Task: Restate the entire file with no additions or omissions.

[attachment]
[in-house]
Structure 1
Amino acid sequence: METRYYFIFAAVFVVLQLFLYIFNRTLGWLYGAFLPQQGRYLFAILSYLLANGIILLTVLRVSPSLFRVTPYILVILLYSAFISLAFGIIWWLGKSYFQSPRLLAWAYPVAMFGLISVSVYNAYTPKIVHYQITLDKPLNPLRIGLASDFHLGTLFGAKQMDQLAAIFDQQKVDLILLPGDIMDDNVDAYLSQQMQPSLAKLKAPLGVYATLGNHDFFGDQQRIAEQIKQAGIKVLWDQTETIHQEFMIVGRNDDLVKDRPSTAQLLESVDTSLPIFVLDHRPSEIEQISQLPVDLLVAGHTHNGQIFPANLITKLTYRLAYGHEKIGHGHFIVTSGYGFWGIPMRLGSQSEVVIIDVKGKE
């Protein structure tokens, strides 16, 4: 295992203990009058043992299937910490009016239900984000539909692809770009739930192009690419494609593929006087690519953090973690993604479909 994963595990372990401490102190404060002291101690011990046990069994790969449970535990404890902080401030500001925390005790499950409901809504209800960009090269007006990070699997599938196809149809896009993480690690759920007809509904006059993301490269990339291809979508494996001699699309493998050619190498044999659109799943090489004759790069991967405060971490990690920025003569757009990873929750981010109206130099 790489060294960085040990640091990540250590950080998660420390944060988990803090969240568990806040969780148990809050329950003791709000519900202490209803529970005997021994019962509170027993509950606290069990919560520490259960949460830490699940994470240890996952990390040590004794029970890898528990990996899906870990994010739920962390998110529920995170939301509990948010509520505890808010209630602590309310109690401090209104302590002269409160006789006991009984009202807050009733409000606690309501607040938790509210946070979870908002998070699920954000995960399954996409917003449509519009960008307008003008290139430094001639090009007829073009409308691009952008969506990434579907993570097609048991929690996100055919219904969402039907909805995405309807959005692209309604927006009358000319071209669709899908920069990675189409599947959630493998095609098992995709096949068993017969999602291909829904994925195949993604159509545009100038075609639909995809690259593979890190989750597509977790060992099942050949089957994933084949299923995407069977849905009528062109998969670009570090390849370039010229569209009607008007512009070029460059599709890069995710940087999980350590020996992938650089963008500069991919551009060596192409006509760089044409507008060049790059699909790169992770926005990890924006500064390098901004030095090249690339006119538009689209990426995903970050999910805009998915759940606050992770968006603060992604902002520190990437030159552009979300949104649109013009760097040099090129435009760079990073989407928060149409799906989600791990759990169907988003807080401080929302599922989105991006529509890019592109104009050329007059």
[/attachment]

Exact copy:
[in-house]
Structure 1
Amino acid sequence: METRYYFIFAAVFVVLQLFLYIFNRTLGWLYGAFLPQQGRYLFAILSYLLANGIILLTVLRVSPSLFRVTPYILVILLYSAFISLAFGIIWWLGKSYFQSPRLLAWAYPVAMFGLISVSVYNAYTPKIVHYQITLDKPLNPLRIGLASDFHLGTLFGAKQMDQLAAIFDQQKVDLILLPGDIMDDNVDAYLSQQMQPSLAKLKAPLGVYATLGNHDFFGDQQRIAEQIKQAGIKVLWDQTETIHQEFMIVGRNDDLVKDRPSTAQLLESVDTSLPIFVLDHRPSEIEQISQLPVDLLVAGHTHNGQIFPANLITKLTYRLAYGHEKIGHGHFIVTSGYGFWGIPMRLGSQSEVVIIDVKGKE
């Protein structure tokens, strides 16, 4: 295992203990009058043992299937910490009016239900984000539909692809770009739930192009690419494609593929006087690519953090973690993604479909 994963595990372990401490102190404060002291101690011990046990069994790969449970535990404890902080401030500001925390005790499950409901809504209800960009090269007006990070699997599938196809149809896009993480690690759920007809509904006059993301490269990339291809979508494996001699699309493998050619190498044999659109799943090489004759790069991967405060971490990690920025003569757009990873929750981010109206130099 790489060294960085040990640091990540250590950080998660420390944060988990803090969240568990806040969780148990809050329950003791709000519900202490209803529970005997021994019962509170027993509950606290069990919560520490259960949460830490699940994470240890996952990390040590004794029970890898528990990996899906870990994010739920962390998110529920995170939301509990948010509520505890808010209630602590309310109690401090209104302590002269409160006789006991009984009202807050009733409000606690309501607040938790509210946070979870908002998070699920954000995960399954996409917003449509519009960008307008003008290139430094001639090009007829073009409308691009952008969506990434579907993570097609048991929690996100055919219904969402039907909805995405309807959005692209309604927006009358000319071209669709899908920069990675189409599947959630493998095609098992995709096949068993017969999602291909829904994925195949993604159509545009100038075609639909995809690259593979890190989750597509977790060992099942050949089957994933084949299923995407069977849905009528062109998969670009570090390849370039010229569209009607008007512009070029460059599709890069995710940087999980350590020996992938650089963008500069991919551009060596192409006509760089044409507008060049790059699909790169992770926005990890924006500064390098901004030095090249690339006119538009689209990426995903970050999910805009998915759940606050992770968006603060992604902002520190990437030159552009979300949104649109013009760097040099090129435009760079990073989407928060149409799906989600791990759990169907988003807080401080929302599922989105991006529509890019592109104009050329007059």